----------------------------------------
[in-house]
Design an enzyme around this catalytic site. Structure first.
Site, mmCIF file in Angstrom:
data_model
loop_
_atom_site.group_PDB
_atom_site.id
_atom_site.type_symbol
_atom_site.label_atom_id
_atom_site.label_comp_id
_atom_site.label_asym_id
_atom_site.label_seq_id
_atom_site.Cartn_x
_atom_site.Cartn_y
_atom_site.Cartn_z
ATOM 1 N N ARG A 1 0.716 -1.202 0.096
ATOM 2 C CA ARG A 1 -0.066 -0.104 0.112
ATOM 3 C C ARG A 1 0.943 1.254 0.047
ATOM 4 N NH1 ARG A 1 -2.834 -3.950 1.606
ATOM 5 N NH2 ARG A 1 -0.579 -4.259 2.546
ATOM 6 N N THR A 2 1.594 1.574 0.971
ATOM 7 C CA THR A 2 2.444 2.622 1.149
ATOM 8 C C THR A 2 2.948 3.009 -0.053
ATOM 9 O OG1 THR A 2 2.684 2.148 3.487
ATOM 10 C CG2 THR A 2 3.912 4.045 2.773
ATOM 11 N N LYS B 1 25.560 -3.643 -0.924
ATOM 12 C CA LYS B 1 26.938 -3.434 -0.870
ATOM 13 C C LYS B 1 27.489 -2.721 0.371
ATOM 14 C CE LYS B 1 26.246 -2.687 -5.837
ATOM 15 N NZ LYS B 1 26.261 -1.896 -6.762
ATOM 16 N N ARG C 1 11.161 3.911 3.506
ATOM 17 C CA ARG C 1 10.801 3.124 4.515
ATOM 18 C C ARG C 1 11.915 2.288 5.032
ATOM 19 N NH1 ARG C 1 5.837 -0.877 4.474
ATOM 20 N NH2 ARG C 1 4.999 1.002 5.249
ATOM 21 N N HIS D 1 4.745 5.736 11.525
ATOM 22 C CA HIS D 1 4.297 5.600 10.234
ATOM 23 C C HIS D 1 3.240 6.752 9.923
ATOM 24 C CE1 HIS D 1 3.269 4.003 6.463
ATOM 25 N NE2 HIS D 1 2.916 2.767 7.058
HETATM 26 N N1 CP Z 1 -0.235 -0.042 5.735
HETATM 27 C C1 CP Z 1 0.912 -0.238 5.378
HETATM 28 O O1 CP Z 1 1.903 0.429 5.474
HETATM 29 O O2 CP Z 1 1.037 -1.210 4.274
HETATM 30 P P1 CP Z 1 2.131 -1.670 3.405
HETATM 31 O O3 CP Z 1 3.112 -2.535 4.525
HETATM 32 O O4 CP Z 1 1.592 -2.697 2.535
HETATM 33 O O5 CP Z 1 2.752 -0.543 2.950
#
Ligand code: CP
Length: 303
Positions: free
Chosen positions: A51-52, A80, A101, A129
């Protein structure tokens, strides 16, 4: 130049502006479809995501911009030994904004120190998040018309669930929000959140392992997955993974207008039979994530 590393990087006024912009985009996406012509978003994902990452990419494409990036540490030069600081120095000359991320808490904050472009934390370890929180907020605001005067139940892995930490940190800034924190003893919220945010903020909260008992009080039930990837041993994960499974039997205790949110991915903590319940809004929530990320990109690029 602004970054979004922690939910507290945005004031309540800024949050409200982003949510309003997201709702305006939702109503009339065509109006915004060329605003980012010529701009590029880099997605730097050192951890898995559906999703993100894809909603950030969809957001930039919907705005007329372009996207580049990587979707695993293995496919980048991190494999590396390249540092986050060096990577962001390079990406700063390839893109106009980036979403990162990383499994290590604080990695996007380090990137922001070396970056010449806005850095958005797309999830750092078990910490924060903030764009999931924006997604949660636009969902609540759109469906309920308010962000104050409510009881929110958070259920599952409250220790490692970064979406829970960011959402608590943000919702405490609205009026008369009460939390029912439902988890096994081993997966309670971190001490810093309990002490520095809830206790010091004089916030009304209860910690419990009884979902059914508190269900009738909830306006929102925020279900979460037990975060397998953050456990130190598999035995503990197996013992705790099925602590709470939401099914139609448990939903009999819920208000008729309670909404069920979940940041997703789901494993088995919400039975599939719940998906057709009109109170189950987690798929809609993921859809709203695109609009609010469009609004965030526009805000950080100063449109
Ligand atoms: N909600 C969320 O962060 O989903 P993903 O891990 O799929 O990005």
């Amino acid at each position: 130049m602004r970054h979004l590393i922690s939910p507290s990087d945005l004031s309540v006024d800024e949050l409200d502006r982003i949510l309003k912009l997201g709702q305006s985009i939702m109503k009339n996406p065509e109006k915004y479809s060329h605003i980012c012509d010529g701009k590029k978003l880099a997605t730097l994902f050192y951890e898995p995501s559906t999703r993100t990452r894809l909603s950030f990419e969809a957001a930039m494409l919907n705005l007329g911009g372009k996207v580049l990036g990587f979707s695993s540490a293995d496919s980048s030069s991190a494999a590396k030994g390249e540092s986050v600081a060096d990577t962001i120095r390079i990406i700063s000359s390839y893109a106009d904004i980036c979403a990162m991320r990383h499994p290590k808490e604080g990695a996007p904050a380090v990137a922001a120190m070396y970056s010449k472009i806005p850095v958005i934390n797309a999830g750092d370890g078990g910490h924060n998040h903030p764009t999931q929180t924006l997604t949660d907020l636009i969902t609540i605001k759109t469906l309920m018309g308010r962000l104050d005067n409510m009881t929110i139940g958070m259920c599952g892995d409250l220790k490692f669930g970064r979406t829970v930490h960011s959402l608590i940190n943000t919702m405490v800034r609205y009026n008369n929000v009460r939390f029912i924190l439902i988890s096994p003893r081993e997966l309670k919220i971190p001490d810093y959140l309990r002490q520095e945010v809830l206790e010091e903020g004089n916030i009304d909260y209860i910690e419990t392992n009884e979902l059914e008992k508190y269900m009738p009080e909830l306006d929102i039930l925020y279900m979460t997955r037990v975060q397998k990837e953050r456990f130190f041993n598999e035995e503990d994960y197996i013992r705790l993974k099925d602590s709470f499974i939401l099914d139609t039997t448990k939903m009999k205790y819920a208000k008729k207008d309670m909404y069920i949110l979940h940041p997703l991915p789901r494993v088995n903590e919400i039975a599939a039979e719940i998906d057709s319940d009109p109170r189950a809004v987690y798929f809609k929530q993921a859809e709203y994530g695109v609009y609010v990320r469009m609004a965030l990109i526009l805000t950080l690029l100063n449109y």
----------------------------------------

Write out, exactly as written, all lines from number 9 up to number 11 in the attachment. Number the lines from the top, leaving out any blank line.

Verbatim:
_atom_site.label_atom_id
_atom_site.label_comp_id
_atom_site.label_asym_id